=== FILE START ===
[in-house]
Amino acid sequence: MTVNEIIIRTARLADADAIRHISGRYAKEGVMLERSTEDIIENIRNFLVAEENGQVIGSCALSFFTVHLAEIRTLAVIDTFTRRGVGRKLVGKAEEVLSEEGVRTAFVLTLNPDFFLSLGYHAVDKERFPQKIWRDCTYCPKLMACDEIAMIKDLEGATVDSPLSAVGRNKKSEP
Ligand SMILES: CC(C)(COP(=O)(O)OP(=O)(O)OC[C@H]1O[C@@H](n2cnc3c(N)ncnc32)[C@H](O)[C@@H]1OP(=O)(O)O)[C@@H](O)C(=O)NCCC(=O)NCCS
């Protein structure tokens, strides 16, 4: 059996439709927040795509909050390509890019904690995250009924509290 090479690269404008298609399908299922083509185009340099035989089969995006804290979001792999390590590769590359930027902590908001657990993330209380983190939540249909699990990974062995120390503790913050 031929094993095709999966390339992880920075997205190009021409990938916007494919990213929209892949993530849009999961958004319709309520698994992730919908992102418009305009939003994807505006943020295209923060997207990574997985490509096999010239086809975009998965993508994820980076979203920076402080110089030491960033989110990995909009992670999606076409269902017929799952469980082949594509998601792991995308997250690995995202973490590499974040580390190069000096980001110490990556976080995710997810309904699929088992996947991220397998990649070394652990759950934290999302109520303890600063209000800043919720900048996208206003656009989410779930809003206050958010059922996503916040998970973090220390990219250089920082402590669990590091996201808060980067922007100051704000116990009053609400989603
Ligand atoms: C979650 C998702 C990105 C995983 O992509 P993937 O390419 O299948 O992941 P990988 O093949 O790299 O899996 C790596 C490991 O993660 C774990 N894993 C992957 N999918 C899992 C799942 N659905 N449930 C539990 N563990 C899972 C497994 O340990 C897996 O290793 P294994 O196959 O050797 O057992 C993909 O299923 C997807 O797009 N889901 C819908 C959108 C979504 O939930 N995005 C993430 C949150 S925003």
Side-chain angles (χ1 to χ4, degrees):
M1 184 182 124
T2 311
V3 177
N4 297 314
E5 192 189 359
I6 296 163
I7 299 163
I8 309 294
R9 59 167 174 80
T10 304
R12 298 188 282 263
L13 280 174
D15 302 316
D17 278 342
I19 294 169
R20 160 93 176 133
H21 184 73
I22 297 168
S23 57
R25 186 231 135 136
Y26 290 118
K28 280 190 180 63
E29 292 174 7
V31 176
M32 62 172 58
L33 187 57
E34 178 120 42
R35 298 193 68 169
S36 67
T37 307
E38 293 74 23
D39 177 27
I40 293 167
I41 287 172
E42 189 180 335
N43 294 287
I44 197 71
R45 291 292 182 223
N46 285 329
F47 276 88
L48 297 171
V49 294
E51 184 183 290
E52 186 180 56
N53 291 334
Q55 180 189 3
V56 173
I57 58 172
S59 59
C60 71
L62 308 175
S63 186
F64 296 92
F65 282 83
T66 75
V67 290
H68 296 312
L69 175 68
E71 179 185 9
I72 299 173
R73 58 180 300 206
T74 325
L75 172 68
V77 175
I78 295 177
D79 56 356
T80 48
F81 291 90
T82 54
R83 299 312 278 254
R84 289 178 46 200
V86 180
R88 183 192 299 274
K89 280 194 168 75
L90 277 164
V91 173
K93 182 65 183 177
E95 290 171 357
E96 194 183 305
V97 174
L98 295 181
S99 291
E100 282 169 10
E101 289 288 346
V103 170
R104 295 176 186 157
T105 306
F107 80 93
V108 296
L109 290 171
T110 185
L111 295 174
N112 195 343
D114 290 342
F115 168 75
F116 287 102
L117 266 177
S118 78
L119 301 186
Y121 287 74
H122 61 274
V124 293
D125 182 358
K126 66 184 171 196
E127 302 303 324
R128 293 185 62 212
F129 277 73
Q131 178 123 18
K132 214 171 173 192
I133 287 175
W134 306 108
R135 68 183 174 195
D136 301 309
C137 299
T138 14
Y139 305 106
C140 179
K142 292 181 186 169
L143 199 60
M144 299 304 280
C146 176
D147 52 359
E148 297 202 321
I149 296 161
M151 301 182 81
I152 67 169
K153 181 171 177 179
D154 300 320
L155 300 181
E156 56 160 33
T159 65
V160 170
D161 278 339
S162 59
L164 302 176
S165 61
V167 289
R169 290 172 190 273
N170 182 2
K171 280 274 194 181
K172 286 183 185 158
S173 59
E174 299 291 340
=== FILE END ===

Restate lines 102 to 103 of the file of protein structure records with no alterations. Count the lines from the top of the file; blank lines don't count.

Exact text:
F116 287 102
L117 266 177